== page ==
Bradley Beal's phantom foul and the Wizards' most important rally of the season

After calling an inconsistent game throughout the night, the referees made a decision with five minutes to go in Game 4 that nearly altered the entire series between the Wizards and Raptors.

DeMar DeRozan was chasing a rebound on the baseline and ran into Bradley Beal. Beal, who had a team-high 31 points, was levied a sixth and final foul with the score tied. 

Beal had unloaded for 20 points in 12 minutes in the second half, but now the Wizards would have to close it out without their All-Star shooting guard. Somehow, they were able to seal the win and tie the series.

Beal heard the whistle as he laid on the ground. He immediately hopped up and unleashed a tantrum that nobody could blame him for.

He jumped up and down, screaming at the referees, who had just called by all accounts a questionable foul and in a key moment of a playoff game.

Both Beal and head coach Scott Brooks were incensed and with good reason.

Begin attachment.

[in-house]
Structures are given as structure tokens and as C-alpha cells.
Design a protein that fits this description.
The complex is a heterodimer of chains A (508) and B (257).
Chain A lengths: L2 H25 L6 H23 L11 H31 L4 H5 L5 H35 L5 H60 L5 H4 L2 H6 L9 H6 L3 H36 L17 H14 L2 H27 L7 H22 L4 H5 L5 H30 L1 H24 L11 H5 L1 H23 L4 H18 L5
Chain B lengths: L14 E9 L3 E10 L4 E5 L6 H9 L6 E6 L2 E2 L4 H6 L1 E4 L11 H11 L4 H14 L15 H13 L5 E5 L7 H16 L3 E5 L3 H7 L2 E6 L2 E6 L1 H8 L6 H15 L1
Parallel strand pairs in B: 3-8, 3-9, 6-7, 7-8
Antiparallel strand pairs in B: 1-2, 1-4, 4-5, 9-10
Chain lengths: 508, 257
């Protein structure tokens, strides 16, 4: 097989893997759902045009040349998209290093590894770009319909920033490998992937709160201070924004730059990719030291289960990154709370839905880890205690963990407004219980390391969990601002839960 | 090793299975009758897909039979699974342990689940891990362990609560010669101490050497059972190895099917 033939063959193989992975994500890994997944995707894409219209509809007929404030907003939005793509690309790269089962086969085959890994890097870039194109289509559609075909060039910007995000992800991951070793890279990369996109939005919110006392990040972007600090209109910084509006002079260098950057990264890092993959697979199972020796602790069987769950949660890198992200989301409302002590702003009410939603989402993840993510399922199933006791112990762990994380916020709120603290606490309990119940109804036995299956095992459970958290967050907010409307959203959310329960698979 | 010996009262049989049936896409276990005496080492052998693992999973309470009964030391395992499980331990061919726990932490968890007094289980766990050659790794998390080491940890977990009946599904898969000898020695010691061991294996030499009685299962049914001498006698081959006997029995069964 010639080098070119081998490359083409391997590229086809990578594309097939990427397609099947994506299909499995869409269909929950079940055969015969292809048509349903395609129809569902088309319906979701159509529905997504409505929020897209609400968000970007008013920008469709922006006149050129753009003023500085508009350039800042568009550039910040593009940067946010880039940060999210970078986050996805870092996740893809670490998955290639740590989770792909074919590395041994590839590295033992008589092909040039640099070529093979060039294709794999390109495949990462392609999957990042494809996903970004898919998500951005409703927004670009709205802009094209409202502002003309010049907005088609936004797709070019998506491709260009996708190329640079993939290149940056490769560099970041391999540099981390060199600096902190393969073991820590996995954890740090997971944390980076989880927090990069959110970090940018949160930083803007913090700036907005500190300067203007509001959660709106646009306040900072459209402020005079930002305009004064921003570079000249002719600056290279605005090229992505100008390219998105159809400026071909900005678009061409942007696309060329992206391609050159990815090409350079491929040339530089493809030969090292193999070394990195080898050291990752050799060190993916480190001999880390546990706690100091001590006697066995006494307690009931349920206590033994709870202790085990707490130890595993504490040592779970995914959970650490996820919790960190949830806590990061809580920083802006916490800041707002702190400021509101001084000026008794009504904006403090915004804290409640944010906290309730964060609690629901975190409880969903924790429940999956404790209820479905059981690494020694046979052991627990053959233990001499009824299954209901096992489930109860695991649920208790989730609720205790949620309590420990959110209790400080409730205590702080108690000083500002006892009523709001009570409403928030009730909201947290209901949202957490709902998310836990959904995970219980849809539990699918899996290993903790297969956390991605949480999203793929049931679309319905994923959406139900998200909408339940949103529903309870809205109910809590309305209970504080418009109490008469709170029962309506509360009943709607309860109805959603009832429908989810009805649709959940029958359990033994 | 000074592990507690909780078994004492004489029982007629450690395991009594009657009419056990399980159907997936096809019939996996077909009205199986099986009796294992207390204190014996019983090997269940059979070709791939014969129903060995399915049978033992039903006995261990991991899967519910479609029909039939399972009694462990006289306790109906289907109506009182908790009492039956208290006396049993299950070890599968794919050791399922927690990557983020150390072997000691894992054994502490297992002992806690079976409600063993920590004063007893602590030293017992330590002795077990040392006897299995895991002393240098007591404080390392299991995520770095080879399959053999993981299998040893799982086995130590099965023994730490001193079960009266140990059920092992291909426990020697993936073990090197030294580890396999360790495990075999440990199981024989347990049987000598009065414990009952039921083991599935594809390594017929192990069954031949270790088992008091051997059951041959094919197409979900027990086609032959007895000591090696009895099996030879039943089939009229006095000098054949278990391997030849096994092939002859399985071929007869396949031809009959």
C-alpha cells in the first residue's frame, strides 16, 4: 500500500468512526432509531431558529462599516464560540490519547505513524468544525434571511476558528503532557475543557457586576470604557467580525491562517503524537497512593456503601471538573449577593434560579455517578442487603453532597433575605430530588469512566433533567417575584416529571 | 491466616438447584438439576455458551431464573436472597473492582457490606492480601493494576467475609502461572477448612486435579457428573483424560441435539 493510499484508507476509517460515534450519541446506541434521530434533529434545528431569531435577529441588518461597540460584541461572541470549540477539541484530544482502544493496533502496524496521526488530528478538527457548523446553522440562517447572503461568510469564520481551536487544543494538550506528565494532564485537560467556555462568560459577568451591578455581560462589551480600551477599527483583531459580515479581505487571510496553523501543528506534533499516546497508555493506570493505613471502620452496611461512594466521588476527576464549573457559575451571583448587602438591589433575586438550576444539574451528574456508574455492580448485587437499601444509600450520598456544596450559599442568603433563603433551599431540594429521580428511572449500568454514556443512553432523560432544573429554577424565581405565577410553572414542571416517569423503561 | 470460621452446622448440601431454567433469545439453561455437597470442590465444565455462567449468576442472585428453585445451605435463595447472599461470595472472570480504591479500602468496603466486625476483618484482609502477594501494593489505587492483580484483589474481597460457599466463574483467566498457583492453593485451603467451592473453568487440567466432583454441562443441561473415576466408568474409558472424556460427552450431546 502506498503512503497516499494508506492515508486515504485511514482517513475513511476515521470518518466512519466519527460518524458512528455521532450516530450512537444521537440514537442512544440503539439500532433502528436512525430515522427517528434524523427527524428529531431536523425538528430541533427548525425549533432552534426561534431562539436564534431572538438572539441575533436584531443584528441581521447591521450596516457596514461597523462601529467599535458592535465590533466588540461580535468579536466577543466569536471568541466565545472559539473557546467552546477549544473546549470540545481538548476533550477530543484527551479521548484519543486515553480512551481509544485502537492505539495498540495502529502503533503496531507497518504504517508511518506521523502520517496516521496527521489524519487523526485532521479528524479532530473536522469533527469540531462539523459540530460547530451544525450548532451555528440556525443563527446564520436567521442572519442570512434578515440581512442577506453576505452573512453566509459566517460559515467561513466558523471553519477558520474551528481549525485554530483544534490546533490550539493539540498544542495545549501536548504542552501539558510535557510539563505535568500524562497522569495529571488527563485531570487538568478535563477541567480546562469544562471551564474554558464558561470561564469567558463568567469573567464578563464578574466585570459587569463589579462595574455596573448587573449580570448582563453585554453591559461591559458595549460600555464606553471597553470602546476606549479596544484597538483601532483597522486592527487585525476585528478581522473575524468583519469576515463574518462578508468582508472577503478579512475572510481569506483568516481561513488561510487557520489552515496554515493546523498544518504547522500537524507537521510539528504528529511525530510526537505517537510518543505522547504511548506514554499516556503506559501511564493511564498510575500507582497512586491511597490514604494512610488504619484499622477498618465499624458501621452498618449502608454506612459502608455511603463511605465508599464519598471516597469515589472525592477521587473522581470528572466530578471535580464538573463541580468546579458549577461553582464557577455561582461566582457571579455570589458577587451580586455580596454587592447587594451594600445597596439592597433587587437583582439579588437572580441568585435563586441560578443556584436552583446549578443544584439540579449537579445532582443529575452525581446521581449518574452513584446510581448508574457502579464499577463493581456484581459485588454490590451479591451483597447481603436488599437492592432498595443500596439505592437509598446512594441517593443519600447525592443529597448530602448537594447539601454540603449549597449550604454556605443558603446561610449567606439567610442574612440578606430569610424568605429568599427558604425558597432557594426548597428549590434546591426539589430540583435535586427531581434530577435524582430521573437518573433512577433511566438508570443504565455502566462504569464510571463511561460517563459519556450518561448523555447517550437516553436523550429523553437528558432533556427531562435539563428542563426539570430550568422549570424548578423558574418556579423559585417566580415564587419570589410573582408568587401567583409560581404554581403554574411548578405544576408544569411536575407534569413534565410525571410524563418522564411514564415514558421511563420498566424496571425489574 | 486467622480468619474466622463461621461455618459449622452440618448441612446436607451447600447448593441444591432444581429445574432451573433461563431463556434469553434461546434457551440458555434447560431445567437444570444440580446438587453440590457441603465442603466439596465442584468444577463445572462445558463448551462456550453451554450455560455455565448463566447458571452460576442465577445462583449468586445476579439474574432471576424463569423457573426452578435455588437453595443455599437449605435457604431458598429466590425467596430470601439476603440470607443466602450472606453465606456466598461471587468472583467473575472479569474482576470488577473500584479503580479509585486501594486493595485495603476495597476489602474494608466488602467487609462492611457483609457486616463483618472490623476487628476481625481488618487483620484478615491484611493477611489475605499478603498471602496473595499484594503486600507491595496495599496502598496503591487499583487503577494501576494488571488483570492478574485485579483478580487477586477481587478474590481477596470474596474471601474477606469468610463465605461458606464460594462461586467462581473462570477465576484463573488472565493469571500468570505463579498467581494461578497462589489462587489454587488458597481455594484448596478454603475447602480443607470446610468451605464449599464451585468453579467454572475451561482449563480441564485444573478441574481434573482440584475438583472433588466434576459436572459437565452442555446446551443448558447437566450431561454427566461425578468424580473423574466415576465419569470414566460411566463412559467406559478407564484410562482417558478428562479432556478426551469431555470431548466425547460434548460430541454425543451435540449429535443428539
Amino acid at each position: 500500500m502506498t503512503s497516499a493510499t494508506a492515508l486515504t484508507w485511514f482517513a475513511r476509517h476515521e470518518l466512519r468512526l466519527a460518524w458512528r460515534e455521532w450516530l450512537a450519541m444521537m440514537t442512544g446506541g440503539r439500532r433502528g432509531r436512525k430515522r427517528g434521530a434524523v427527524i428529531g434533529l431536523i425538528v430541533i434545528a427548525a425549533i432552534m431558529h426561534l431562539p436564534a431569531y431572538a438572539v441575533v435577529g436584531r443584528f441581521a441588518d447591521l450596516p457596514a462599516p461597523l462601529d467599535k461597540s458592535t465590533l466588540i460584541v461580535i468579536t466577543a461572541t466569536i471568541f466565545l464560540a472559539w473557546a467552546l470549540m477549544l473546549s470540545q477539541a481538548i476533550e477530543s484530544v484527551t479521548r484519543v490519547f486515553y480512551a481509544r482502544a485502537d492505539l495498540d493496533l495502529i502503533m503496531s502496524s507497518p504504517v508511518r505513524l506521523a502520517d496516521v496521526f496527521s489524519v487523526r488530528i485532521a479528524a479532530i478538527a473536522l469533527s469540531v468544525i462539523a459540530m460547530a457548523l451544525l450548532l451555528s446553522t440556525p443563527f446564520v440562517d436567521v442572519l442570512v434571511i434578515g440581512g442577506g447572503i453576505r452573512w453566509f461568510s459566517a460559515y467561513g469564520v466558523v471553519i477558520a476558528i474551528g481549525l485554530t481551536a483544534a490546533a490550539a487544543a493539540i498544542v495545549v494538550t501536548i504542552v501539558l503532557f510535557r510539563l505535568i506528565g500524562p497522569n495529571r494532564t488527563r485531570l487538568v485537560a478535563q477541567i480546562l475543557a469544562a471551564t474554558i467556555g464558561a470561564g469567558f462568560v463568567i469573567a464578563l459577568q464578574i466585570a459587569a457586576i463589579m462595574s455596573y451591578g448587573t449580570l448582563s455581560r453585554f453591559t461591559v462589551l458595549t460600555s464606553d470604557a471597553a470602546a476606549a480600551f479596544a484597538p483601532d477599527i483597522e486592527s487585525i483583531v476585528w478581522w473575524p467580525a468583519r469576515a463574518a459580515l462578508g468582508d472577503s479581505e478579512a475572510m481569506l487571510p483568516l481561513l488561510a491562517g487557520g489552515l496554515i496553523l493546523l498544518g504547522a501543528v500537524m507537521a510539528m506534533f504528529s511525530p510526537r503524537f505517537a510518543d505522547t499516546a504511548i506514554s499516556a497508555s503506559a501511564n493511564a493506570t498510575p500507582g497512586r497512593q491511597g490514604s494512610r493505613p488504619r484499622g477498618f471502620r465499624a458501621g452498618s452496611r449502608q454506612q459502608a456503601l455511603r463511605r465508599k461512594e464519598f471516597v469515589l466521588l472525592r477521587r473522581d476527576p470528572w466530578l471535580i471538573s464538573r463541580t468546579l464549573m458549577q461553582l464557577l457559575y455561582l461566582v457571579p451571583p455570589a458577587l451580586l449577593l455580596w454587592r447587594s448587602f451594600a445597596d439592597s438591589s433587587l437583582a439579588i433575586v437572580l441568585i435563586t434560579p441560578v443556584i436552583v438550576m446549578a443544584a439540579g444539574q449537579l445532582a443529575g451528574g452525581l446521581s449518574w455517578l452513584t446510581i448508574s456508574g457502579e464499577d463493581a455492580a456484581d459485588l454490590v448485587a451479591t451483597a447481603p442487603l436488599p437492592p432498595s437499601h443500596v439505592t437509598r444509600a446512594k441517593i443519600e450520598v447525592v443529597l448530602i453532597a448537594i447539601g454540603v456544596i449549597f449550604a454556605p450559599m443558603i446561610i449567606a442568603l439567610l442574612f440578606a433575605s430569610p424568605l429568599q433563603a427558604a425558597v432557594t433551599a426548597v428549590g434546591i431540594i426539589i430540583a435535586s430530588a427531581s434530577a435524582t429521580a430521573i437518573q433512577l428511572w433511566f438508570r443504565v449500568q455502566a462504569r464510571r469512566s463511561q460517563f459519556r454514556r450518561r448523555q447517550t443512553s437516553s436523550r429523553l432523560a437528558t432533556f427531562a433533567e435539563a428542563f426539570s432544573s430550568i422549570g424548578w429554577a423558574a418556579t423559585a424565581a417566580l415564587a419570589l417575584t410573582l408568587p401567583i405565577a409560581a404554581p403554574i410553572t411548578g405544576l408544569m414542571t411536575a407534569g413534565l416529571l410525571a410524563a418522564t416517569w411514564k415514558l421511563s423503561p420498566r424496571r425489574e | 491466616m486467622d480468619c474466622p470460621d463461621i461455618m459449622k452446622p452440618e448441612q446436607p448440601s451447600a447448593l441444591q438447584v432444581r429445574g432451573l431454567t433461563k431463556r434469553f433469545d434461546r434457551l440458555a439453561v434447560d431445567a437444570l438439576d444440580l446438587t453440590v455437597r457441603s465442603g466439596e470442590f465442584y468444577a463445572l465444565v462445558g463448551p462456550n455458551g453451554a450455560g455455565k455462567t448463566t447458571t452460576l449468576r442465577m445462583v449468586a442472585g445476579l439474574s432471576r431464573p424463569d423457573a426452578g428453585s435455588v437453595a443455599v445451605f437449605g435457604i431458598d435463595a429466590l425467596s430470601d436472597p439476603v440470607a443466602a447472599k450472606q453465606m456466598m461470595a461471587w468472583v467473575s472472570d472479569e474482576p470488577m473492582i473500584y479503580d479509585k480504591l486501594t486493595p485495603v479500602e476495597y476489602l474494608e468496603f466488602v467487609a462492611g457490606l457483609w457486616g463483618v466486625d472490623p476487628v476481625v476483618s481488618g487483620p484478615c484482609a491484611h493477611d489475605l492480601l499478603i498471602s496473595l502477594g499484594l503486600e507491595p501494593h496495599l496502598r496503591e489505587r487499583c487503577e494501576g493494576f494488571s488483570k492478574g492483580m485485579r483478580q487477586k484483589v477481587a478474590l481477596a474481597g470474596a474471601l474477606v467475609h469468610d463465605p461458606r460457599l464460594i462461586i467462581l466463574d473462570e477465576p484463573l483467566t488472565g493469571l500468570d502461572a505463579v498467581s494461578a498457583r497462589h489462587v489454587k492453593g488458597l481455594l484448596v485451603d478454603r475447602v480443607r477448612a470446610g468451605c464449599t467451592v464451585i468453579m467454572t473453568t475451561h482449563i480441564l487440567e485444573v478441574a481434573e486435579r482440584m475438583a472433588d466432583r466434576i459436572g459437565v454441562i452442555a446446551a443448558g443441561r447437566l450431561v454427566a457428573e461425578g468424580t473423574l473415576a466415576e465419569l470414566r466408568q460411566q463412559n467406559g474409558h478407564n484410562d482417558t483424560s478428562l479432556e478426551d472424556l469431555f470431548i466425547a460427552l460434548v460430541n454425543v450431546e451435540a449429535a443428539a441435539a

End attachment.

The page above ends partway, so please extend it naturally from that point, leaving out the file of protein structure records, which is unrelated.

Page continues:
“I was beyond emotional, beyond mad, frustrated," Beal said. "I honestly thought they were going to kick me out of the game I was so mad, but I was happy they didn’t do that."

Beal is probably lucky the referees didn't take offense to his reaction because it continued when he was on the bench. He walked past his teammates and leaned over with his hands on his knees, still furious. Then he returned to the sideline to yell at the refs. Center Ian Mahinmi helped convince him to step back and cool off.

Beal has made a major difference in this series. He averaged 14.0 points in the first two games, both losses. He has averaged 29.5 points in Games 3 and 4, two Wizards wins.